Empowering financial institutions to manage financed emissions
Addressing financed emissions is vital for compliance, driving sustainability work, and mitigating risk.
For financial institutions, the emissions from investments and assets (known as “financed emissions”) are 700 times larger than directly-generated emissions – making them vital to address. However, financed emissions are extremely challenging to calculate manually due to the complexity of financial value chains.
The latest product update from Normative automates the process of calculating financed emissions, empowering financial institutions to comply with legislation and turn their net-zero commitments into pragmatic, science-based action plans.
Automating financed emissions calculations
Normative leverages automation to improve the speed and accuracy of financed emissions calculations.
These comprehensive carbon calculations enable private equity firms, VC’s, and other financial institutions to report their emissions in alignment with frameworks like Partnership for Carbon Accounting Financials (PCAF) and Task Force on Climate-Related Financial Disclosures (TCFD) – keeping them compliant with mandatory disclosure requirements.
With the Normative carbon accounting engine, users can visualize their emissions data in dashboards tailored to financial institutions, as well as automatically export this data in a PCAF-compliant format.
In addition, the unparalleled accuracy of these calculations provides the foundation from which financial institutions can make immediate and verifiable carbon reductions throughout their portfolios.
What are financed emissions?
Financed emissions are the emissions that originate from a financial institution’s assets and investments.
Why calculate financed emissions?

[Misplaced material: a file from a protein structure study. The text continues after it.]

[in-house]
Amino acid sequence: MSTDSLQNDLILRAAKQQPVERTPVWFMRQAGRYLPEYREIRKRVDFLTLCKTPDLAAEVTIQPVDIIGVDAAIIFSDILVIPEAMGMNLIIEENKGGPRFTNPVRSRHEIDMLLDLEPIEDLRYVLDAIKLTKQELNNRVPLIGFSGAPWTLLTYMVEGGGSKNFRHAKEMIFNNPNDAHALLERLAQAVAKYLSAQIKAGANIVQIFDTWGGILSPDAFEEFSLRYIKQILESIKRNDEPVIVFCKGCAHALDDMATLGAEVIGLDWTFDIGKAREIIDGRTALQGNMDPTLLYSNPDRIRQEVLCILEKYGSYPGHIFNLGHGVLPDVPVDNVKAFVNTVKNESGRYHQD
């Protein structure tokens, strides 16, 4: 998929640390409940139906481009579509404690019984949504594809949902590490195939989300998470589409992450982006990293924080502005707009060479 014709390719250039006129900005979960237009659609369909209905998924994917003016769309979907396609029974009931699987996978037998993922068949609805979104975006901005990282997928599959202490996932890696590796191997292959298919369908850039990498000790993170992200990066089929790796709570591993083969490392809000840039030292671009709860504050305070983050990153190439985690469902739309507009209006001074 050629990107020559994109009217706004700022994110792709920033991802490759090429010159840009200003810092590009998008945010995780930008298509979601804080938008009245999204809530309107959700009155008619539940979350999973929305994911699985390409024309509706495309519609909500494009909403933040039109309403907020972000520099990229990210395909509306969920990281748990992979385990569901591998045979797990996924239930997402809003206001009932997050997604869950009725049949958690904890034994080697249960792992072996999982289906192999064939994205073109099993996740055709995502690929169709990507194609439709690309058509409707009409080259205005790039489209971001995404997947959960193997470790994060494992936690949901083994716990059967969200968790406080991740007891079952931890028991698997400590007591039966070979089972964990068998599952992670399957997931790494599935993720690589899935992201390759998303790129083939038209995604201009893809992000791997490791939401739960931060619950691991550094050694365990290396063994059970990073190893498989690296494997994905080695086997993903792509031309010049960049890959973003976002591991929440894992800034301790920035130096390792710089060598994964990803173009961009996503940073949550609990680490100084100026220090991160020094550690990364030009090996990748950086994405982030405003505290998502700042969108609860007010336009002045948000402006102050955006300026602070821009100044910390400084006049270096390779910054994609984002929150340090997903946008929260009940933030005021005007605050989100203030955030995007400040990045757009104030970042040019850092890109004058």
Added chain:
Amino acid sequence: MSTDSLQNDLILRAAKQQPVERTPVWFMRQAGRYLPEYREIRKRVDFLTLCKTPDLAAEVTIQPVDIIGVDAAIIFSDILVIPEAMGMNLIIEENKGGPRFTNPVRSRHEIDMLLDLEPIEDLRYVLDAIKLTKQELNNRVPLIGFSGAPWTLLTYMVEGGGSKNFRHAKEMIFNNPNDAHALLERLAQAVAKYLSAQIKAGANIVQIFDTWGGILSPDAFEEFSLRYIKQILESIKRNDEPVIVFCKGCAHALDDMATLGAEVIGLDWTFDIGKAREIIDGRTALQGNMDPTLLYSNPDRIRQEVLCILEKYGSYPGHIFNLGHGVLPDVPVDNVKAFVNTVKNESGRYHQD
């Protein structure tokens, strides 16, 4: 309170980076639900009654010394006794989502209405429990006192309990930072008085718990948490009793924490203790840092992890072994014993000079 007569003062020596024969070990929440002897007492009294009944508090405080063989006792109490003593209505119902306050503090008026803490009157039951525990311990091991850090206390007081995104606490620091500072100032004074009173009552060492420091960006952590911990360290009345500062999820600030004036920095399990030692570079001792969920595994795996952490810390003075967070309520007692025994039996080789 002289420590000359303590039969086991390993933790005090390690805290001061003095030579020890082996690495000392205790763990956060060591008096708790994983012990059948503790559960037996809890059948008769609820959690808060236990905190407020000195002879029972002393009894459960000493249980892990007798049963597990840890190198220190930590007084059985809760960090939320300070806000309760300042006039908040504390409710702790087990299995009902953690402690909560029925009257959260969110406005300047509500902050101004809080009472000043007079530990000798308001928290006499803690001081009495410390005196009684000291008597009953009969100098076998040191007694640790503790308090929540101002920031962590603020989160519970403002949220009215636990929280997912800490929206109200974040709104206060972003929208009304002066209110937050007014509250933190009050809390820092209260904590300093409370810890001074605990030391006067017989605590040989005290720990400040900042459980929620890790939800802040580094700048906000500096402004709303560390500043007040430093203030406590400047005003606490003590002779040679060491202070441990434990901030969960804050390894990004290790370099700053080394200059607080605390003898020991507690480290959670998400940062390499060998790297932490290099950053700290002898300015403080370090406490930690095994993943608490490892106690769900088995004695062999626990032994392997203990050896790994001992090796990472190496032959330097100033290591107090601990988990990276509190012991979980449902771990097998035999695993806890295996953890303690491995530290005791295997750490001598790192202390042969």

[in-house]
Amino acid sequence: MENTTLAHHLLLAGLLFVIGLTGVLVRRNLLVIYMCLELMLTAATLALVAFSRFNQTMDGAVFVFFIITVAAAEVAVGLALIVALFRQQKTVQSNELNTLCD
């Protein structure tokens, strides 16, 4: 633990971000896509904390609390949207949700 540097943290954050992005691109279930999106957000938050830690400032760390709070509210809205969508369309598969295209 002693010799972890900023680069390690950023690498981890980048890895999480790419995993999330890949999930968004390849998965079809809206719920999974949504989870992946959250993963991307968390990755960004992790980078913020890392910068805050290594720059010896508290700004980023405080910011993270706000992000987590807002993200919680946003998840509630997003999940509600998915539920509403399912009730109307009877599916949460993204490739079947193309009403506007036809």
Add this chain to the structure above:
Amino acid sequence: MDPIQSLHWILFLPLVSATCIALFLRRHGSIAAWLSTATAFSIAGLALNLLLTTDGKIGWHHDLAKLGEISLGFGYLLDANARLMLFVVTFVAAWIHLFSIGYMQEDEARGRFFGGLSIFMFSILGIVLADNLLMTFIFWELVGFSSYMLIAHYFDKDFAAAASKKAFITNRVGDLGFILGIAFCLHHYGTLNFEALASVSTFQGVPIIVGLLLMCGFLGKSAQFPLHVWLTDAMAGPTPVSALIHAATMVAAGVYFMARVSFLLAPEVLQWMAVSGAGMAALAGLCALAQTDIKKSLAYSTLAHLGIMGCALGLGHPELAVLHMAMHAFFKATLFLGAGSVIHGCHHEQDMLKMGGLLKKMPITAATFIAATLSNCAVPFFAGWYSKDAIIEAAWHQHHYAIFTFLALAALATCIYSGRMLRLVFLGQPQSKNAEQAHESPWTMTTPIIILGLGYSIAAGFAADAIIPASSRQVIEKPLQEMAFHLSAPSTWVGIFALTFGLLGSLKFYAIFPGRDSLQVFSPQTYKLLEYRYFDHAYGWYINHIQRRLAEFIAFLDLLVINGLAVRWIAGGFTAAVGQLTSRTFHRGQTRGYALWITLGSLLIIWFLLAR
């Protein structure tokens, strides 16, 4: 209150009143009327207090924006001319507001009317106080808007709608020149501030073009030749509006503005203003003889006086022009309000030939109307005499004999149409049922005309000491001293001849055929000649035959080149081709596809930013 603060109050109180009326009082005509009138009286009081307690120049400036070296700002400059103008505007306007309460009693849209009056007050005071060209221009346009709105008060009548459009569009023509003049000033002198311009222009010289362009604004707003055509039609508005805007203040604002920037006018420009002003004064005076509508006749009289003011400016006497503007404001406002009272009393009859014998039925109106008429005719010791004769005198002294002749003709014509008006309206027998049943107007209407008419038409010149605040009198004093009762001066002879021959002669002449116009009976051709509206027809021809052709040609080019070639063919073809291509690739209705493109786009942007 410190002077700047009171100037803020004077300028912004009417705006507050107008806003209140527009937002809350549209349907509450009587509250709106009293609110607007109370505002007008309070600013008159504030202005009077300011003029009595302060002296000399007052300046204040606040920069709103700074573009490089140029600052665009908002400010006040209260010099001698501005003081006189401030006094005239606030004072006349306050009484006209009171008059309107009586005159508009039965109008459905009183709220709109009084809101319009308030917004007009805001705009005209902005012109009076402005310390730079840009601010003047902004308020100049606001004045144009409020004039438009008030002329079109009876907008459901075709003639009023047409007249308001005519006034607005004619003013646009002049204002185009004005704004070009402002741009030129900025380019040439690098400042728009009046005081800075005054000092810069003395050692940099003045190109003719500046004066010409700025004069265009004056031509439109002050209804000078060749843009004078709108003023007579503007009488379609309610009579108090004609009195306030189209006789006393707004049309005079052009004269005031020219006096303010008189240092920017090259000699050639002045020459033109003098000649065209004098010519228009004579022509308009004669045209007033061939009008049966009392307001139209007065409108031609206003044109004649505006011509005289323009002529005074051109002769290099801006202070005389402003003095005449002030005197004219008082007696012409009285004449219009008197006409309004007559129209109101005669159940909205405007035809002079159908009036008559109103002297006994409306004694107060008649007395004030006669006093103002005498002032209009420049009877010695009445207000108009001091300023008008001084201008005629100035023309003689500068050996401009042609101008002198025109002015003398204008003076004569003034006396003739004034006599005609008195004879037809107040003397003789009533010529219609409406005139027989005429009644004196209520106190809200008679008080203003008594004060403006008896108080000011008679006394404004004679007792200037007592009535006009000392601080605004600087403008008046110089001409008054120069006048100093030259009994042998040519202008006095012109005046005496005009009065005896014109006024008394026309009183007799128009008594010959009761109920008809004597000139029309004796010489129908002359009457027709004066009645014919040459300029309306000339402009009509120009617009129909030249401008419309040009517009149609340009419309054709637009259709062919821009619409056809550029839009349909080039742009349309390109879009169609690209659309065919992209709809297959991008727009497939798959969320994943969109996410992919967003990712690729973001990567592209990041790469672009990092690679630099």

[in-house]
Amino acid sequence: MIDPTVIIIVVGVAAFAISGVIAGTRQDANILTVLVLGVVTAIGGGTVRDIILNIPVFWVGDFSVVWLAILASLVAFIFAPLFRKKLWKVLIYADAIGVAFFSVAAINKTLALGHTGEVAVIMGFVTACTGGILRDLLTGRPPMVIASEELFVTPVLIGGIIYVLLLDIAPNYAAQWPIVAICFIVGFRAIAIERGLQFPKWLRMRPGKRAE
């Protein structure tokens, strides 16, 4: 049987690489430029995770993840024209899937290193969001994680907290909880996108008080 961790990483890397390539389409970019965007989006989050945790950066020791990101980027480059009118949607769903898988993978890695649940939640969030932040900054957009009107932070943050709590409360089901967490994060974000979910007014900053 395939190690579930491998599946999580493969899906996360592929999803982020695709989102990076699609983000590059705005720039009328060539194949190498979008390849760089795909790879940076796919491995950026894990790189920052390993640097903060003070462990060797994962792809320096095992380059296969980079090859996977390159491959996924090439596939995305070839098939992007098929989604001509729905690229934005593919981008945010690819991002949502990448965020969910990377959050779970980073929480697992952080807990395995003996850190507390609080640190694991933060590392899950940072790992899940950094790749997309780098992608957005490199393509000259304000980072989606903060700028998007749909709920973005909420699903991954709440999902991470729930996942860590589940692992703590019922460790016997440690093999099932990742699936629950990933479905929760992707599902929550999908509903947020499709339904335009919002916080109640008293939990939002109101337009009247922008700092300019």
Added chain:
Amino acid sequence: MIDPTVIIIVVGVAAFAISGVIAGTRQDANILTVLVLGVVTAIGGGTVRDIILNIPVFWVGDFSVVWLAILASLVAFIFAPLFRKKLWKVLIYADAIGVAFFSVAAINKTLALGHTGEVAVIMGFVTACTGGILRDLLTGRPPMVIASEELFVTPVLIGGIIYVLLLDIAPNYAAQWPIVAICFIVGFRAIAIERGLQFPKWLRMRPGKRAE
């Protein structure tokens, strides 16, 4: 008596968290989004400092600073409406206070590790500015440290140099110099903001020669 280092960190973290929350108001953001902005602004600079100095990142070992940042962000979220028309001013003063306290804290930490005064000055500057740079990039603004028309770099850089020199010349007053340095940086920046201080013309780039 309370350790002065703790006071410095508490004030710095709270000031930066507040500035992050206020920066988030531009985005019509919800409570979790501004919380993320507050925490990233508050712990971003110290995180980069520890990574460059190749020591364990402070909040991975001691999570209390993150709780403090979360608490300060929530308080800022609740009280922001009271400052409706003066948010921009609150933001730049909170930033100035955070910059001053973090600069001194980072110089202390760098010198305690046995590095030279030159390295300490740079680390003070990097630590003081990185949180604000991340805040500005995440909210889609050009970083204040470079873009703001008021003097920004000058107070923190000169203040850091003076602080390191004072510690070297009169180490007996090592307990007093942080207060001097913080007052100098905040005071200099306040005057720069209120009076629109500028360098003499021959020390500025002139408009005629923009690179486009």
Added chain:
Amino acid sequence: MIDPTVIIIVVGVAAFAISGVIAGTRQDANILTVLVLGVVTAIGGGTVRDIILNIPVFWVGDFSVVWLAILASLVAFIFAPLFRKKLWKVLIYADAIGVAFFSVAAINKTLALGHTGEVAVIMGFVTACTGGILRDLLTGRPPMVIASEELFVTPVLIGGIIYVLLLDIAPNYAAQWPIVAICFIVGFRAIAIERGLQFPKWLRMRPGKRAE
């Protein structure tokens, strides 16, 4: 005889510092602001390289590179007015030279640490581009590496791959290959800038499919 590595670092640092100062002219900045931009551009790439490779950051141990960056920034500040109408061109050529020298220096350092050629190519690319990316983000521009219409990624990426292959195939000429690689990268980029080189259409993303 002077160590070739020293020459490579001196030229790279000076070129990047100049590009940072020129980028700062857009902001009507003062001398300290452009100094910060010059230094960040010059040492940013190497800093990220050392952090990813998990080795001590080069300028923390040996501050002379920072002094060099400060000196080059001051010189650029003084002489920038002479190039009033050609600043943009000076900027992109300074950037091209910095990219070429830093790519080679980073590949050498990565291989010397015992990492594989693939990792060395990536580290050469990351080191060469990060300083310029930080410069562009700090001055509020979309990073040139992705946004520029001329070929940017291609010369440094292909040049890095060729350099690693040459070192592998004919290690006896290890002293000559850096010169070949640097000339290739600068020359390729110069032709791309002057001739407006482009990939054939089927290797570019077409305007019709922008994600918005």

The finance sector – including banking, venture capital (VC), and private equity – faces strict climate disclosure requirements.
- The UK’s Streamlined Energy and Carbon Reporting (SECR) policy requires organizations to disclose carbon emissions information in their annual reports.
- In the EU, the Sustainable Finance Disclosure Regulation (SFDR) obligates financial market participants to report sustainability impact, including scope 3 emissions.
- The US Securities and Exchanges Commission (SEC) has proposed rules that would require climate-related disclosures for investors.
Complicating the task of disclosure is the intricate nature of financial value chains, which include emissions from sources like equity and debt.
To stay compliant with climate disclosure requirements, financial institutions need to comprehensively and efficiently calculate the carbon emissions from their investments and other financial activities.
“Financed emissions account for 98% of our total carbon footprint,” says Zoë VanderWolk, Investor Relations & Sustainability Manager at ETF Partners, a leading European climate-tech VC firm. “We need to address these emissions to stay compliant with reporting legislation, to understand the sources of risk in our portfolio, and to meet our climate goals.”
Automated carbon calculations
Normative’s carbon accounting engine automates the process of calculating emissions – including tricky-to-quantify financed emissions.